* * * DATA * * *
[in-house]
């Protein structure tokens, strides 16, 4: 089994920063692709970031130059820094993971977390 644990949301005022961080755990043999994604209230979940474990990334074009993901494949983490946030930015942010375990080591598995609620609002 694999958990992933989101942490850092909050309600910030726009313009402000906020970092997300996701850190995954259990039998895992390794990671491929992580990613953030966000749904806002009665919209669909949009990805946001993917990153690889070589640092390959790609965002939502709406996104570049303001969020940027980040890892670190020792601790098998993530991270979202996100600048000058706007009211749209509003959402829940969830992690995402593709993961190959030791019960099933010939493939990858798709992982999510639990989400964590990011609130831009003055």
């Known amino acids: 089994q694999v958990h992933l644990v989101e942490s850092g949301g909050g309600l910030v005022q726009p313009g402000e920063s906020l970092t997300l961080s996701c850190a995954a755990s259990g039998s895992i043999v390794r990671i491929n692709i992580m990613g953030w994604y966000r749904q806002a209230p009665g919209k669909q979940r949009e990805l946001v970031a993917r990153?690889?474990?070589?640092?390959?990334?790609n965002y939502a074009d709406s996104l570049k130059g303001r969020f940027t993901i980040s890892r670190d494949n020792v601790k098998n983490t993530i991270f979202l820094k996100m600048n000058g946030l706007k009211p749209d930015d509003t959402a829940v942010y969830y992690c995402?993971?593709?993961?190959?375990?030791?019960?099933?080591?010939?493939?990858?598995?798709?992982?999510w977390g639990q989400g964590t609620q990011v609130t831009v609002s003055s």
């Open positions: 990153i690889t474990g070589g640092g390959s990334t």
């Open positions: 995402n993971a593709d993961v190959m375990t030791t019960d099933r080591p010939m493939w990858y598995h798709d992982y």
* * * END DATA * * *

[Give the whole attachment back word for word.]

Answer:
[in-house]
């Protein structure tokens, strides 16, 4: 089994920063692709970031130059820094993971977390 644990949301005022961080755990043999994604209230979940474990990334074009993901494949983490946030930015942010375990080591598995609620609002 694999958990992933989101942490850092909050309600910030726009313009402000906020970092997300996701850190995954259990039998895992390794990671491929992580990613953030966000749904806002009665919209669909949009990805946001993917990153690889070589640092390959790609965002939502709406996104570049303001969020940027980040890892670190020792601790098998993530991270979202996100600048000058706007009211749209509003959402829940969830992690995402593709993961190959030791019960099933010939493939990858798709992982999510639990989400964590990011609130831009003055």
């Known amino acids: 089994q694999v958990h992933l644990v989101e942490s850092g949301g909050g309600l910030v005022q726009p313009g402000e920063s906020l970092t997300l961080s996701c850190a995954a755990s259990g039998s895992i043999v390794r990671i491929n692709i992580m990613g953030w994604y966000r749904q806002a209230p009665g919209k669909q979940r949009e990805l946001v970031a993917r990153?690889?474990?070589?640092?390959?990334?790609n965002y939502a074009d709406s996104l570049k130059g303001r969020f940027t993901i980040s890892r670190d494949n020792v601790k098998n983490t993530i991270f979202l820094k996100m600048n000058g946030l706007k009211p749209d930015d509003t959402a829940v942010y969830y992690c995402?993971?593709?993961?190959?375990?030791?019960?099933?080591?010939?493939?990858?598995?798709?992982?999510w977390g639990q989400g964590t609620q990011v609130t831009v609002s003055s």
């Open positions: 990153i690889t474990g070589g640092g390959s990334t």
């Open positions: 995402n993971a593709d993961v190959m375990t030791t019960d099933r080591p010939m493939w990858y598995h798709d992982y």